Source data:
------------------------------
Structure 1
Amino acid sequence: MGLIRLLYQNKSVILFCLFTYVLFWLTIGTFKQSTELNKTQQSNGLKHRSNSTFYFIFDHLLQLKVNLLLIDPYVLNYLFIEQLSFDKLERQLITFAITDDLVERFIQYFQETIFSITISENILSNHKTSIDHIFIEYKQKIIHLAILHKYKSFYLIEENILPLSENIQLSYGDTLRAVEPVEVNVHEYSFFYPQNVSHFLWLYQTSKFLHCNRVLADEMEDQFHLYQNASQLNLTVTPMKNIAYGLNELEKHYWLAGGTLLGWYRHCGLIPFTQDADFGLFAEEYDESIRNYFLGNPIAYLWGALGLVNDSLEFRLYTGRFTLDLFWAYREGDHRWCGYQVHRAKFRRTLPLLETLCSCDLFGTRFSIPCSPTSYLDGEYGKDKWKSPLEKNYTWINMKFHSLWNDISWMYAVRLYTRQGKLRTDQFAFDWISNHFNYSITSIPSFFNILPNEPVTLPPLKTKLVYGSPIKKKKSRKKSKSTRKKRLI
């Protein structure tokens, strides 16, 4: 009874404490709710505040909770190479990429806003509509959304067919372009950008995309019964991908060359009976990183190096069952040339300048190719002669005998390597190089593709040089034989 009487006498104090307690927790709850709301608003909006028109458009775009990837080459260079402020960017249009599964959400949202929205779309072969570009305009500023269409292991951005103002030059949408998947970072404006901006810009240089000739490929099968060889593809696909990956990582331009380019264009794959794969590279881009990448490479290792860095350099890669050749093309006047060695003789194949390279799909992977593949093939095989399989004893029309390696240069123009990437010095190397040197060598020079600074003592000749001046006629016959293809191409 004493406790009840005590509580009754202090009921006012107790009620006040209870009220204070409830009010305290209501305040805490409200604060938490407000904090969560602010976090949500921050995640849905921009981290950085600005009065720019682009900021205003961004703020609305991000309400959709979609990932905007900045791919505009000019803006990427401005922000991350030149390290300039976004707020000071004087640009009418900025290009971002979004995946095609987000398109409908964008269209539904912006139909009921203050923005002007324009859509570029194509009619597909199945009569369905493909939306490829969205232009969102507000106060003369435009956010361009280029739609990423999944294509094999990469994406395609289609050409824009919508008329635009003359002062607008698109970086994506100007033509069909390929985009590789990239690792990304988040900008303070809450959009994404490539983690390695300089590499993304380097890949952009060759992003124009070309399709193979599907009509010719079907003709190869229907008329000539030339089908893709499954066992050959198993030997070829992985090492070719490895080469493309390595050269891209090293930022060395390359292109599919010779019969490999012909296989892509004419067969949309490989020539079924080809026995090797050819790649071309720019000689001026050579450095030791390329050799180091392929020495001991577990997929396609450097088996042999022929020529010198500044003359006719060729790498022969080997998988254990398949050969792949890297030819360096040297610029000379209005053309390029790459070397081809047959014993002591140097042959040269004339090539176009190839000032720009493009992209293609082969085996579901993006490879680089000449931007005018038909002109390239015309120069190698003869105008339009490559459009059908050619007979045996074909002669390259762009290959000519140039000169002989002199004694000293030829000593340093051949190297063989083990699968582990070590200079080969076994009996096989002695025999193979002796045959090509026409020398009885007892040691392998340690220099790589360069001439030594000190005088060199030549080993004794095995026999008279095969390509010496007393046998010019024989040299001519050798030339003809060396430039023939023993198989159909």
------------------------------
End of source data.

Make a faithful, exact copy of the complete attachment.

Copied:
Structure 1
Amino acid sequence: MGLIRLLYQNKSVILFCLFTYVLFWLTIGTFKQSTELNKTQQSNGLKHRSNSTFYFIFDHLLQLKVNLLLIDPYVLNYLFIEQLSFDKLERQLITFAITDDLVERFIQYFQETIFSITISENILSNHKTSIDHIFIEYKQKIIHLAILHKYKSFYLIEENILPLSENIQLSYGDTLRAVEPVEVNVHEYSFFYPQNVSHFLWLYQTSKFLHCNRVLADEMEDQFHLYQNASQLNLTVTPMKNIAYGLNELEKHYWLAGGTLLGWYRHCGLIPFTQDADFGLFAEEYDESIRNYFLGNPIAYLWGALGLVNDSLEFRLYTGRFTLDLFWAYREGDHRWCGYQVHRAKFRRTLPLLETLCSCDLFGTRFSIPCSPTSYLDGEYGKDKWKSPLEKNYTWINMKFHSLWNDISWMYAVRLYTRQGKLRTDQFAFDWISNHFNYSITSIPSFFNILPNEPVTLPPLKTKLVYGSPIKKKKSRKKSKSTRKKRLI
């Protein structure tokens, strides 16, 4: 009874404490709710505040909770190479990429806003509509959304067919372009950008995309019964991908060359009976990183190096069952040339300048190719002669005998390597190089593709040089034989 009487006498104090307690927790709850709301608003909006028109458009775009990837080459260079402020960017249009599964959400949202929205779309072969570009305009500023269409292991951005103002030059949408998947970072404006901006810009240089000739490929099968060889593809696909990956990582331009380019264009794959794969590279881009990448490479290792860095350099890669050749093309006047060695003789194949390279799909992977593949093939095989399989004893029309390696240069123009990437010095190397040197060598020079600074003592000749001046006629016959293809191409 004493406790009840005590509580009754202090009921006012107790009620006040209870009220204070409830009010305290209501305040805490409200604060938490407000904090969560602010976090949500921050995640849905921009981290950085600005009065720019682009900021205003961004703020609305991000309400959709979609990932905007900045791919505009000019803006990427401005922000991350030149390290300039976004707020000071004087640009009418900025290009971002979004995946095609987000398109409908964008269209539904912006139909009921203050923005002007324009859509570029194509009619597909199945009569369905493909939306490829969205232009969102507000106060003369435009956010361009280029739609990423999944294509094999990469994406395609289609050409824009919508008329635009003359002062607008698109970086994506100007033509069909390929985009590789990239690792990304988040900008303070809450959009994404490539983690390695300089590499993304380097890949952009060759992003124009070309399709193979599907009509010719079907003709190869229907008329000539030339089908893709499954066992050959198993030997070829992985090492070719490895080469493309390595050269891209090293930022060395390359292109599919010779019969490999012909296989892509004419067969949309490989020539079924080809026995090797050819790649071309720019000689001026050579450095030791390329050799180091392929020495001991577990997929396609450097088996042999022929020529010198500044003359006719060729790498022969080997998988254990398949050969792949890297030819360096040297610029000379209005053309390029790459070397081809047959014993002591140097042959040269004339090539176009190839000032720009493009992209293609082969085996579901993006490879680089000449931007005018038909002109390239015309120069190698003869105008339009490559459009059908050619007979045996074909002669390259762009290959000519140039000169002989002199004694000293030829000593340093051949190297063989083990699968582990070590200079080969076994009996096989002695025999193979002796045959090509026409020398009885007892040691392998340690220099790589360069001439030594000190005088060199030549080993004794095995026999008279095969390509010496007393046998010019024989040299001519050798030339003809060396430039023939023993198989159909």